The Barn Theatre, Southwick Community Centre

March 6, 7, 8 & 9, 1996


by Bram Stoker adapted by Liz Lochhead

Directed by
Andy Chalk

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“lack of chill factor”
– Shoreham Herald –


Joanna Chalk – Lucy Westerman

Judith Berrill – Mina Westerman

Adrian Kenward – Arthur Seward

Derek Fraser – Renfield

Rosemary Bouchy – Dr. Goldman

Rosemary Bouchy – Mrs. Manners

Rosemary Bouchy – Nurse Grice

Rosemary Bouchy – Nurse Nisbett

Mark Flower – Drinkwater

Philip Balding – Jonathan Harker

Jane Porter – Florrie Hathersage

Bob Ryder – Dracula

John Barham – Van Helsing


Production Crew

Stage ManagerDave Comber

Assistant Stage ManagerMark Flower

Assistant Stage ManagerBriony Annison

Set Design, Construction & PaintingDave Collis

Set Design, Construction & PaintingSheila Neesham

Set Design, Construction & PaintingDave Comber

Set Design, Construction & PaintingFrances Thorne

Set Design, Construction & PaintingMichael Davy

Set Design, Construction & PaintingRalph Dawes

Set Design, Construction & PaintingMark Flower

PropertiesMargaret Davy

PropertiesSue Whittaker

LightingTrevor Langley

Sound & Original Music CompositionLance Milton

WardrobeMargaret Faggetter

WardrobeJudith Berrill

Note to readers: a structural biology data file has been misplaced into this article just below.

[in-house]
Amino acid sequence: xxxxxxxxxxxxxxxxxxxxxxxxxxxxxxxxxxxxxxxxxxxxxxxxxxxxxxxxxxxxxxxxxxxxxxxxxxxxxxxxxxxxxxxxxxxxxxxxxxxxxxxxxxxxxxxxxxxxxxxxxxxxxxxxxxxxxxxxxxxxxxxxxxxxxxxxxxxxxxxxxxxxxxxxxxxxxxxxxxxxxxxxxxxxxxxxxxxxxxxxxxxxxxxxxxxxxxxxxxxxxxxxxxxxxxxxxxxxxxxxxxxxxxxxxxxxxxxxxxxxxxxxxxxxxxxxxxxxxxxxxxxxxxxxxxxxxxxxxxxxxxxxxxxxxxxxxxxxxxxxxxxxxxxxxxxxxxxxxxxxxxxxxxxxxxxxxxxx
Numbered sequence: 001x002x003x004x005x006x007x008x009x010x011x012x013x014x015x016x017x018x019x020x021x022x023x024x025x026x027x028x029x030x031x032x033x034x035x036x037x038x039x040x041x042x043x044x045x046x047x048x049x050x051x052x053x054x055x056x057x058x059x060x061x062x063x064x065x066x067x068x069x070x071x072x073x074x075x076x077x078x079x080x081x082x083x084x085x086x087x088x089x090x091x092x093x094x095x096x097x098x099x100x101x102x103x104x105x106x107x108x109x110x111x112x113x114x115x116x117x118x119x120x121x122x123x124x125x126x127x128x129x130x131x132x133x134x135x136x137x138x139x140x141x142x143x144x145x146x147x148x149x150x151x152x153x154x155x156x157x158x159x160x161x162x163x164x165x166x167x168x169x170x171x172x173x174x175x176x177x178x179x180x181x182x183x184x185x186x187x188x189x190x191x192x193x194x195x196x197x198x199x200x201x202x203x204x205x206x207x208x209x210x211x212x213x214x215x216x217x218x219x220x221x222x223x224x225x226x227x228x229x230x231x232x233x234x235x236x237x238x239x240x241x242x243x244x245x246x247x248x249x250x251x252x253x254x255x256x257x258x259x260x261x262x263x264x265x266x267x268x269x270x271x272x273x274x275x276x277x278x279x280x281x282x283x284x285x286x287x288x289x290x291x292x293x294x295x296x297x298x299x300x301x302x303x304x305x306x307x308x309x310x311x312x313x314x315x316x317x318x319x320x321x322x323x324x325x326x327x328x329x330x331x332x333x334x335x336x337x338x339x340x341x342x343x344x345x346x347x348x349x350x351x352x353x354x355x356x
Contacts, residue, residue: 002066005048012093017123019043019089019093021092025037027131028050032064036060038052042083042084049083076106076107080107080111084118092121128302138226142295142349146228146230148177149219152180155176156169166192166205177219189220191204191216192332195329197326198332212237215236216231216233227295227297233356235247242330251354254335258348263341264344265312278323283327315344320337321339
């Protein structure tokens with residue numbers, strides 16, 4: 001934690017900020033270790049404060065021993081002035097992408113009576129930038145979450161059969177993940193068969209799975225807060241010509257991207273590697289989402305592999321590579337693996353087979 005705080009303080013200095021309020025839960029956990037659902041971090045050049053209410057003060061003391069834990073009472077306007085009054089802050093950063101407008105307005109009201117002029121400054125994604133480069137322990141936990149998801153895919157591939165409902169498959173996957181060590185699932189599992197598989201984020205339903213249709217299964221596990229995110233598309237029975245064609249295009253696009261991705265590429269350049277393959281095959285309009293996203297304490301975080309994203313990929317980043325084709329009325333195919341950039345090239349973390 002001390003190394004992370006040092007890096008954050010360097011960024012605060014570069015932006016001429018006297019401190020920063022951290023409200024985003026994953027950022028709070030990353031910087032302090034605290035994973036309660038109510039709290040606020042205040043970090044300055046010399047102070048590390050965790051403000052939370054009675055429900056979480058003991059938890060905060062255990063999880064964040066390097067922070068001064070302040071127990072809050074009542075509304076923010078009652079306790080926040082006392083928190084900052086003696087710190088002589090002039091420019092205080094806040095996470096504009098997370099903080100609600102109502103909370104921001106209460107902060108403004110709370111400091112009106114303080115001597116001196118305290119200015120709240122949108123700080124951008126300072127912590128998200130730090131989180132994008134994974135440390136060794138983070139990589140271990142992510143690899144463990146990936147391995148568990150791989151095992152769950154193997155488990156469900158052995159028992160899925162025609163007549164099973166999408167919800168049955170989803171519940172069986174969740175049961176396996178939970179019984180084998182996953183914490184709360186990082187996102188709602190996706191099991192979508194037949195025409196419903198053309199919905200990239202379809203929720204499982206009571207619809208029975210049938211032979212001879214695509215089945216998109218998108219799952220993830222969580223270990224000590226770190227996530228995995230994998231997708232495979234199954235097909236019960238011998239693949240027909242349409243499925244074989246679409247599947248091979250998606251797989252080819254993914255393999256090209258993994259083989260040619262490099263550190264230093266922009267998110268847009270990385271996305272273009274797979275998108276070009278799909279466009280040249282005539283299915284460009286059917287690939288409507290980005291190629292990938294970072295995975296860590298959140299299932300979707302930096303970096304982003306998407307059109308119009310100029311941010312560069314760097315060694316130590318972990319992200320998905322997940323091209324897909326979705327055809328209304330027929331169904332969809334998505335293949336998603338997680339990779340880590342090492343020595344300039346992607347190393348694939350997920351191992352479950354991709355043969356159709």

PublicityJudith Williamson

Theatre & Publicity PhotographsGeorge Laye

Front of House ManagerFrank Child

Box OfficeMargaret Murrell


Programme Note #1: Dracula

AC wrote: “Liz Lochhead, born in Lanarkshire, currently resides in Glasgow where she began her artistic career writing poetry which was first published in 1972. She then moved into other artistic areas including song lyrics, performance pieces, raps and monologues. Her stage plays include Mary Queen of Scots Got Her Head Chopped Off [for which she won a Scotsman Fringe First Award at the Edinburgh Festival], Blood and Ice, The Big Picture and the rhyming translation / adaptation of Moliere’s Tartuffe.

Her plays for television include Sweet Nothings which was screened by the BBC in 1984. She has been a writer in residence at the Royal Shakespeare Company for a number of years.

Dracula is her eighth full length production. A radical adaptation of Bram Stoker’s classic tale, varying only slightly fro the book. Artistically and technically Dracula is a very demanding play – a good choice for my first full-length production! However, with a good grounding from adapting one-act pieces from both the Glass Menagerie by Tennessee Williams and the Quentin Tarantino screen play Pulp Fiction [again, both demanding pieces in different ways] and with assistance from the experienced cast, we feel it is a production to be proud of!”